Monday, April 14, 2014

More Than Just “Click Forward”

The American Society of Training and Development (ASTD) is sponsoring another webinar that, on its face, holds a lot of promise. This Thursday – April 17 – ASTD, in conjunction with UL Workplace Health and Safety, is hosting More Than Just "Click Next": Creating Innovative and Interactive E-Learning. It’s description seems hopeful.

Rapid e-learning development tools changed all this. Now a single instructional designer can take on a project from start to finish. While these tools reduce costs and trim timelines, it can sometimes come at a cost to the final product. Using templates instead of graphic designers can lead to e-learning that looks generic or ugly. Using pre-rendered interactions instead of developers can lead to a habit of forcing the content into a handful of stock interactions rather than fitting the interaction to the content.

When the tools aren’t pushed beyond the basics of what they can do, we often end up with the dull “Click Next” e-learning that people dread taking. So does this mean that rapid e-learning tools can’t create memorable learning experiences? Not at all. It just means we need to use these tools differently for them to be effective.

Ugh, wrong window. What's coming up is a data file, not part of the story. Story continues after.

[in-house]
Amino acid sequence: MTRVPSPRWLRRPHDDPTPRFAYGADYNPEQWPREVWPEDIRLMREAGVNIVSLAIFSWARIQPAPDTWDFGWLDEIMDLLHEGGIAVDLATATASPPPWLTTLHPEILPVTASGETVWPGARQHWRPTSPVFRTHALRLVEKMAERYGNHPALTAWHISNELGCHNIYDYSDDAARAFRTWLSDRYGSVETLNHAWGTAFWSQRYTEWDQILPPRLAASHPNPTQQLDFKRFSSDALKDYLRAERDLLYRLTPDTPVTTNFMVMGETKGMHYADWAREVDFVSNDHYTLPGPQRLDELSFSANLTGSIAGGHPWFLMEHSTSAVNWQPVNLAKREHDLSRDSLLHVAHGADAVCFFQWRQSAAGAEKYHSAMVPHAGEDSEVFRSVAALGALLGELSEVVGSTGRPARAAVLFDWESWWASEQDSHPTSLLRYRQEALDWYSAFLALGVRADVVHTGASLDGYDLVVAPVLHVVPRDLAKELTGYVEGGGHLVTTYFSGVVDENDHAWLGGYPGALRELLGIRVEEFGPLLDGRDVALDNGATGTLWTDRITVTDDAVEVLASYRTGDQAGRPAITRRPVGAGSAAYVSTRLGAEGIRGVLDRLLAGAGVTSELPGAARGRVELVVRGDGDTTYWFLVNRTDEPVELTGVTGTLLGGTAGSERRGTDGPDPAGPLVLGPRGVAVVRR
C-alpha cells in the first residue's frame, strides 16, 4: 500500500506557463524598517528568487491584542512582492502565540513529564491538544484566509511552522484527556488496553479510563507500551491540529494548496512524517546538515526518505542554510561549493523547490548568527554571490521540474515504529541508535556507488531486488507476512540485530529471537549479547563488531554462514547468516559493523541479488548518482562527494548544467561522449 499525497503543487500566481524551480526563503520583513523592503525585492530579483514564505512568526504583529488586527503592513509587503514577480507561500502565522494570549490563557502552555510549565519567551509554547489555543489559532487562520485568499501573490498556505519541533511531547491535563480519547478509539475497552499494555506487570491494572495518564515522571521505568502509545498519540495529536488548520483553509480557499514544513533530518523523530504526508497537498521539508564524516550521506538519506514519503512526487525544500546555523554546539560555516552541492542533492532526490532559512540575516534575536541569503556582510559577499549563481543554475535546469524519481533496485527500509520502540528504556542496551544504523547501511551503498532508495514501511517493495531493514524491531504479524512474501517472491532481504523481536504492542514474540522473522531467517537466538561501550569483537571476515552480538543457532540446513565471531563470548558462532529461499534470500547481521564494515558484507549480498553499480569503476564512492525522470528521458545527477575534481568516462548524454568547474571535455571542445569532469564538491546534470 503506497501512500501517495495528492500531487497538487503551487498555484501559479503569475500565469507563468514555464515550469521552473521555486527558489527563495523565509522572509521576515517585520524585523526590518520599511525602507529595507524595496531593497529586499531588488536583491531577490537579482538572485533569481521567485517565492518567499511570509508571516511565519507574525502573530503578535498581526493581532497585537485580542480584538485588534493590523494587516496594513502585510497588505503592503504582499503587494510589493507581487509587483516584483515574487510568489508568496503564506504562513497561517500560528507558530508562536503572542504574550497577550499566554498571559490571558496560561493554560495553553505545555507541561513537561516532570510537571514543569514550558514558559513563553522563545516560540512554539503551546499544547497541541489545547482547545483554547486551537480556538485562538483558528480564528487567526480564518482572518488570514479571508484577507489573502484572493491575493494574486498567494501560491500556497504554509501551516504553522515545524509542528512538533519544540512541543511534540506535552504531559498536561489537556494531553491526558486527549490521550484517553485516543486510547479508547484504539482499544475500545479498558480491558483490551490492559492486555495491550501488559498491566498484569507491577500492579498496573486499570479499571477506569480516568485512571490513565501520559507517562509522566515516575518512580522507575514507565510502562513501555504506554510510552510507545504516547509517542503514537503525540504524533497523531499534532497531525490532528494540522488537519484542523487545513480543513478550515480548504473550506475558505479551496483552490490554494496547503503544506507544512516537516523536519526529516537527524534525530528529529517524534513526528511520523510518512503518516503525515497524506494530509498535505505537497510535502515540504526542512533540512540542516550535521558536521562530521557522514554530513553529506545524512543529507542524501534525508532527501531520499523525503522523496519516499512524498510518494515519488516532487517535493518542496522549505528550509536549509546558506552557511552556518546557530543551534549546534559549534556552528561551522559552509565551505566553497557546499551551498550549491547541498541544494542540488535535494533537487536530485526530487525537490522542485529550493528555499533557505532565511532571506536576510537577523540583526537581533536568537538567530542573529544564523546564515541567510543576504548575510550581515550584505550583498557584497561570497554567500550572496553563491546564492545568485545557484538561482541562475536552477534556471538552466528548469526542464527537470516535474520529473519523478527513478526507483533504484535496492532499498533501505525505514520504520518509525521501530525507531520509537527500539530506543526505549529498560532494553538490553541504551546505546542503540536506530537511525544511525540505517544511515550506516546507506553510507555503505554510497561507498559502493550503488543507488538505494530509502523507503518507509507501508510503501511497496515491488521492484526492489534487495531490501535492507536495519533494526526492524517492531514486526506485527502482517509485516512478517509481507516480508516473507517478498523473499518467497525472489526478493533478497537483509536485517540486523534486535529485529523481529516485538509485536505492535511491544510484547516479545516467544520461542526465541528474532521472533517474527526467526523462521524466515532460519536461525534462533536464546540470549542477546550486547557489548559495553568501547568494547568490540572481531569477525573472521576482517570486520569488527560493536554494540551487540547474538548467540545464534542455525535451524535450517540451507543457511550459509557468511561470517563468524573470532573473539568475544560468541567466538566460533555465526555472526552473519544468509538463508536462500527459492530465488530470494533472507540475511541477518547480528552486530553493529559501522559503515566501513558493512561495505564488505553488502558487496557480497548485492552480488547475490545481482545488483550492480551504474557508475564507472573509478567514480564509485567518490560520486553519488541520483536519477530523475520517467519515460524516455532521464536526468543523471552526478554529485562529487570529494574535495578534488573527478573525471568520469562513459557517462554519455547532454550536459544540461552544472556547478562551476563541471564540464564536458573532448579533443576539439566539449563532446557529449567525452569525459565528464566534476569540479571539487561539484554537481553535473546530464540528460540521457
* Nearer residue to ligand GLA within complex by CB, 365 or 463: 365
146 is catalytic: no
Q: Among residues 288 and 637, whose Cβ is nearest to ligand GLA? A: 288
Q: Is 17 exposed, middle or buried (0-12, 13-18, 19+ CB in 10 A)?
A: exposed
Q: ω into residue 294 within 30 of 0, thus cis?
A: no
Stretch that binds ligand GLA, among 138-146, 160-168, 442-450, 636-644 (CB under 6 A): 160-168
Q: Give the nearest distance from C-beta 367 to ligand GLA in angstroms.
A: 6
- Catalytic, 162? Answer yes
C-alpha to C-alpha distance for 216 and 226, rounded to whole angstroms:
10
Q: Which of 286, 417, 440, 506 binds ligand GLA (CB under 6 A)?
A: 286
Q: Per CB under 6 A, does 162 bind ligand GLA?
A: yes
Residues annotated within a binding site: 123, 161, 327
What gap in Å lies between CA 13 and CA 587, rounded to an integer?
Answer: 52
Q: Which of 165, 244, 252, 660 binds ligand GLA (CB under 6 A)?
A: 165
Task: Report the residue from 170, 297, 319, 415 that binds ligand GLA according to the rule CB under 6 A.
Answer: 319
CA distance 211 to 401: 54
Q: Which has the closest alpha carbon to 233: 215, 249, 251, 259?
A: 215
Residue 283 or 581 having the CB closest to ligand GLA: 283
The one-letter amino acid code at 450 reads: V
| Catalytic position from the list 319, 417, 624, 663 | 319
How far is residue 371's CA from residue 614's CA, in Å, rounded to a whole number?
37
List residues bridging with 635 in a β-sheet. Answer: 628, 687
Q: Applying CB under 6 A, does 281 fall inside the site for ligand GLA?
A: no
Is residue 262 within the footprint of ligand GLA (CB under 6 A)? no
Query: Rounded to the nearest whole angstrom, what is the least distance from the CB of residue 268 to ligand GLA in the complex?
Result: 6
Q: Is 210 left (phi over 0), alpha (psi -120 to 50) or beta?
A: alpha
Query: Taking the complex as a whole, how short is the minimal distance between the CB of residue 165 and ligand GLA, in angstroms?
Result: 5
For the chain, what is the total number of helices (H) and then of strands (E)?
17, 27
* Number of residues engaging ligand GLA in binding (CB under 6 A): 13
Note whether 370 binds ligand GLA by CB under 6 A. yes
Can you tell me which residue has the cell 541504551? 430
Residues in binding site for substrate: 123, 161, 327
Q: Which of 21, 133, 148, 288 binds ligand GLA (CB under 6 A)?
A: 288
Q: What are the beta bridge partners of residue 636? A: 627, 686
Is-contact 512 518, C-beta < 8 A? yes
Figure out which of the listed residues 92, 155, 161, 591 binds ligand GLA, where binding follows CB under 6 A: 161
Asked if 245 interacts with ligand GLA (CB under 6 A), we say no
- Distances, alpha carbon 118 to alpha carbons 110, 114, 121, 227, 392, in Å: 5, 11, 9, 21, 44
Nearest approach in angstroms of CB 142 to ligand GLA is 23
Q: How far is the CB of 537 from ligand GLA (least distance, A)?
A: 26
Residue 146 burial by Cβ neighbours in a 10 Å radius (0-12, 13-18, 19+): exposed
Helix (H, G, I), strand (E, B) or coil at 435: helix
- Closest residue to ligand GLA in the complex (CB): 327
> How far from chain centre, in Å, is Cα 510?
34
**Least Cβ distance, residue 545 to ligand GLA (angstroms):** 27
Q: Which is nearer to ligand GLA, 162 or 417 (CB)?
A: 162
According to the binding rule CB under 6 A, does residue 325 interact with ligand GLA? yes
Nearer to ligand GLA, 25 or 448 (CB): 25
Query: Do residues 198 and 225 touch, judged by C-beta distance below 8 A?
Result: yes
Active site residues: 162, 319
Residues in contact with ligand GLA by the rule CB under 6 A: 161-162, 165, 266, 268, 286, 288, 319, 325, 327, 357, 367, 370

We’ve all experienced this, but the solutions are off times difficult to find. There are various reasons for our inability to rise above the hum drum including development software limitations, developer limitations, time limitations, and client resistance to breaking from the mold.

Yes, just as there are many who still believe instructor led training involves the teacher lecturing to the classroom, so many believe your web-based training needs to be 50 minutes of page-turning lecture followed by 10 assessment questions to validate that the student has learned something.

So I’ll be interested to see what this presentation shows us and what development tools the presenters will be talking about. For those interested, ASTD says the presentation will:

  • Describe what makes an e-learning experience engaging and interactive in the first place.
  • Present new ways to design innovative learning experiences with e-learning tools.
  • Show which e-learning features you should (and shouldn’t) use to increase interactivity.
  • Discuss when e-learning isn’t the right tool for the job.

The last bullet is the most intriguing to me, and with that I leave you with this suggested video to watch: The Big Mistake in Elearning.